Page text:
The number of victims, the violence and the cruelty of the attack, all this we will learn tomorrow. But slowly, we understand that something very serious has happened.
In our bar, phones are ringing, faces are worried, everyone is shaken. Though first, there is denial. Strangely, we order a second bottle of wine and return to our discussion. Other customers do the same. The Friday-night ambiance from before this brutal interruption begins to return, but our phones start beeping and ringing incessantly: "Stay where you are, girls. Sleep at a hotel if necessary; do not take the metro."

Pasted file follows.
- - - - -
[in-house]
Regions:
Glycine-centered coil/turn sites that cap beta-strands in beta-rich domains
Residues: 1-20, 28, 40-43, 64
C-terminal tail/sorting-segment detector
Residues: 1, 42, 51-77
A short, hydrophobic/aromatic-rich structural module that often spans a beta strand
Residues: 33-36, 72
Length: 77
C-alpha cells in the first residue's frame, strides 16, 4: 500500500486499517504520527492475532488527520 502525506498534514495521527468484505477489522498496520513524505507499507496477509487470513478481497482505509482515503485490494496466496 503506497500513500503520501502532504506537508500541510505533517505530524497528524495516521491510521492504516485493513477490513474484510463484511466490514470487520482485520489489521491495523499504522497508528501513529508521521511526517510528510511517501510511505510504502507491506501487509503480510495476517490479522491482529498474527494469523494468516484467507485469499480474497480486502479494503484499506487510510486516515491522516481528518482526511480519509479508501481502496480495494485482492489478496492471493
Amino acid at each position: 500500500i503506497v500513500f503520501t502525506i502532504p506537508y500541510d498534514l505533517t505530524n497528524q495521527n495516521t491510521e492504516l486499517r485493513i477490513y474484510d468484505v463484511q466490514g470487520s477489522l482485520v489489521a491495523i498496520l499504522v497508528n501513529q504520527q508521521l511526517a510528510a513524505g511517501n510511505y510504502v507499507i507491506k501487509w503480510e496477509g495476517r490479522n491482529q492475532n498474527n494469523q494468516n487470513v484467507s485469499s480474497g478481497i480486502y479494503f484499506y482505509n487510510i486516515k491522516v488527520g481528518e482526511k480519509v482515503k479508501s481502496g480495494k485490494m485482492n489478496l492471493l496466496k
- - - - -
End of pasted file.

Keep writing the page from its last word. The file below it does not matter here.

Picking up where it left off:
Nobody really knows what's going on or where the terrorists are. The waiters put on the news. Automatically, we speak louder, but between each sip of wine, between each joke, between each laugh, looks make a hasty return to the television screen.
Another waiter comes to our table: "Girls, do not worry too much, but do not go out to smoke, we'll close the doors. Smoke inside if you want." The waiter does not just close the door; he barricades the bar. He locks all entrances and lowers the iron gates. My girlfriends and I exchange looks: You think the terrorists are going to come here? Followed by: Well, we can smoke inside, that's cool.
From this moment, time passes very quickly and in slow motion.